Here are the Southeast Seattle service change proposals:

Southeast Seattle front page (includes questionnaire)

Southeast Seattle brochure (pdf)

Having read through these, here are some general observations:

  • The plans strike a pretty good balance between being hyper-conservative about changing someone’s commute and blowing up the whole system to do something else. MLK service will change radically, regardless of which options are chosen, and the longer hauls will be diverted to light rail, but they really aren’t trying to force the mass of 7 and 36 riders onto the train.
  • Probably the greatest strength of the plan is that they’re using the freed bus hours to improve connectivity to other parts of the city. It’ll be easier to get one- or two-seat rides to places like Capitol Hill, the U-District, and West Seattle without going through downtown.
  • In my opinion, the biggest weakness is that Metro has forfeited the possibility of improving connections within the Rainier Valley. It’s still very difficult to get from random points on Beacon Avenue to random points on Rainier Avenue without a bike or car, and that’s really not going to change until somebody creates a new line, perhaps like the Rainier Valley circulator this blog has played with in the past.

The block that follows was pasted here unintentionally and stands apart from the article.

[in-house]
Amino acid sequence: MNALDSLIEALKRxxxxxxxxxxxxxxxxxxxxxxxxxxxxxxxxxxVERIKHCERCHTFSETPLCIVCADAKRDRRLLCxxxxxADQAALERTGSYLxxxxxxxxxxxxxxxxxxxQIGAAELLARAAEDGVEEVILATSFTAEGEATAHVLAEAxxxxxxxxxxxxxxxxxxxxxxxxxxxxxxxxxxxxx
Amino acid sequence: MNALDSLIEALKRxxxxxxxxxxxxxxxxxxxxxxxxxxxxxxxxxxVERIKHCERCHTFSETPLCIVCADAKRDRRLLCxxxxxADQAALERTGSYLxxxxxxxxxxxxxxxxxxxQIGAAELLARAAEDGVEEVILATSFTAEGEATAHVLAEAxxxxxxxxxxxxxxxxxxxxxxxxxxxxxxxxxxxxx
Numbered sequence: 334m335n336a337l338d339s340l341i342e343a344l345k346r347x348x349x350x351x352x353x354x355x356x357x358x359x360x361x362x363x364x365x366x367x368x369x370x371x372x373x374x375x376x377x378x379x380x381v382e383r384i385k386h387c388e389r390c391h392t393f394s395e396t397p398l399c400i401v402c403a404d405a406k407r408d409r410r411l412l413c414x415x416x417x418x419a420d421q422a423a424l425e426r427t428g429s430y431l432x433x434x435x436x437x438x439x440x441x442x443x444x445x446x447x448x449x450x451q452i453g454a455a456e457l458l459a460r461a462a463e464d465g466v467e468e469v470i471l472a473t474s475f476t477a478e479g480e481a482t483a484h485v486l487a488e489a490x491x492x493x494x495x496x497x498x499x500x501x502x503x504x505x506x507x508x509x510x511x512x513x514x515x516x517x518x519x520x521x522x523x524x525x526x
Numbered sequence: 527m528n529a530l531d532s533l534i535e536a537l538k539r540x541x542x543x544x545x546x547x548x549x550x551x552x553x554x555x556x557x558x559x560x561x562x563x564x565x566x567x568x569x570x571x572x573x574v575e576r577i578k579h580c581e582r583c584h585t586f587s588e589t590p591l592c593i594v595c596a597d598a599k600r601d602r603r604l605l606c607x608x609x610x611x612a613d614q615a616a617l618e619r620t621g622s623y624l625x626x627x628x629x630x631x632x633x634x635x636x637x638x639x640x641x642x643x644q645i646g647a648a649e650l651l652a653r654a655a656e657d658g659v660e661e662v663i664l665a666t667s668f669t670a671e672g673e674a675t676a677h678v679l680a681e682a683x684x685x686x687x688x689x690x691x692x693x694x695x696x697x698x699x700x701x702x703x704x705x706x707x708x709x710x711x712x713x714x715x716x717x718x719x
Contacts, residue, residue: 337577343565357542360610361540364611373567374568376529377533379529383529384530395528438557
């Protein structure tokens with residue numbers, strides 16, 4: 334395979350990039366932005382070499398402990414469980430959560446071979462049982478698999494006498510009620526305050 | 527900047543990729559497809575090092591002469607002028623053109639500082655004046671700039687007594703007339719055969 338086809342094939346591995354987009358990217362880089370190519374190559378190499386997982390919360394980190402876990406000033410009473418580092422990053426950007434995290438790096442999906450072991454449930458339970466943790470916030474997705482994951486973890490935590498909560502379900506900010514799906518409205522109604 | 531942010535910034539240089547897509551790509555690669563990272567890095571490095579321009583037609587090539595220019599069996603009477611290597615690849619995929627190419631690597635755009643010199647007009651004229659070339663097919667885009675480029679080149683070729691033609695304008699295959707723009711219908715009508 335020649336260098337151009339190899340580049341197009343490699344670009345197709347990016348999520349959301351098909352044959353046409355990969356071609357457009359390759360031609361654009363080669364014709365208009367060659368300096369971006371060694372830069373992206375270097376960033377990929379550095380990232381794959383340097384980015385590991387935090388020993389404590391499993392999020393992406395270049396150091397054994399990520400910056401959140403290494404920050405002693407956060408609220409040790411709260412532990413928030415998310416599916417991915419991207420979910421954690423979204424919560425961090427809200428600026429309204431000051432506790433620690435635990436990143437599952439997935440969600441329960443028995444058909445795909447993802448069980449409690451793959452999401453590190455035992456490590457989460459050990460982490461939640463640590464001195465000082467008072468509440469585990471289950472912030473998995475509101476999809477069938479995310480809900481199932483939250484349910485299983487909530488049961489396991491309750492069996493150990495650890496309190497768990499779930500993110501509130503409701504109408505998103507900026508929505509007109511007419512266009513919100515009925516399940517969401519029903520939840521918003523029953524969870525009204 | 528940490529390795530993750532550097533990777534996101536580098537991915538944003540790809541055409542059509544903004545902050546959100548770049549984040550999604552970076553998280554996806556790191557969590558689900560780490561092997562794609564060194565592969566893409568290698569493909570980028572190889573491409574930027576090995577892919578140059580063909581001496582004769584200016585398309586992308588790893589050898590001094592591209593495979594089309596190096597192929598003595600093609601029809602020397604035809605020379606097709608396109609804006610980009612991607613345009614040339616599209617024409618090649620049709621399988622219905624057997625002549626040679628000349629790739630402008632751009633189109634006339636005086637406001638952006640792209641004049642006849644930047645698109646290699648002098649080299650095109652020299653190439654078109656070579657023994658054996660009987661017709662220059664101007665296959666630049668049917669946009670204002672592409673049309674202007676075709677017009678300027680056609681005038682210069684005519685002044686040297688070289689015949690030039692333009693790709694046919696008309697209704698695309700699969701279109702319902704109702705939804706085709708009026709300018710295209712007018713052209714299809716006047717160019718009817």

In general, I’m happy with the proposals as a first step. Metro grabs the low hanging fruit to switch the emphasis of bus service from downtown to other locations. In the longer run, I suspect the train will be popular enough that there will be more demand from Beacon and Rainier Avenues to get to the stations on MLK, and we might see some 7 and 36 assets diverted that way.

10 Replies to “Southeast Seattle Service Changes”

  1. I would love to see a West Seattle circulator next. We’ll see what improvements will actually come over to us, in addition to more runs downtown and the new bus service (which I’m not holding my breath to ride as it rids us of a good, regular local route 54). I had to run errands this weekend in West Seattle which took me from the Morgan Junction to the Admiral Junction. There’s no bus route to do this. I could hop the 128, transfer at the Alaska Junction, and then continue on to Admiral, but the wait times for the buses and the transfer are way too long. It would have taken an additional hour to take the bus, which I accomplished in about 15 minutes of total driving. I found myself thinking, “if only there was one bus I could take that travelled up and down California Ave…”

  2. It seems like there’s a big stretch of Rainier between Othello and Alaska that won’t be served anymore. It’s a long haul for locals (through some dicey early morning neighborhoods) E. to the 50/39 or W. to light rail. Am I missing some E/W service in the new plan that would make light rail work for that area?

    1. It seems like there’s a big stretch of Rainier between Othello and Alaska that won’t be served anymore.

      I’m not sure what you mean. You’ve still got a #7 bus coming down Rainier every 10 minutes or so, plus a possible increase in service to the 9. In either case, if you want to get on light rail you can take either bus to either Mt. Baker station or Rainier Beach station, depending on which way you’re going.

      1. My bad, I misread the discontinuation of service on the 7 between rainier/henderson & prentice/62nd as discontinuation of the 7 altogether. Thanks.

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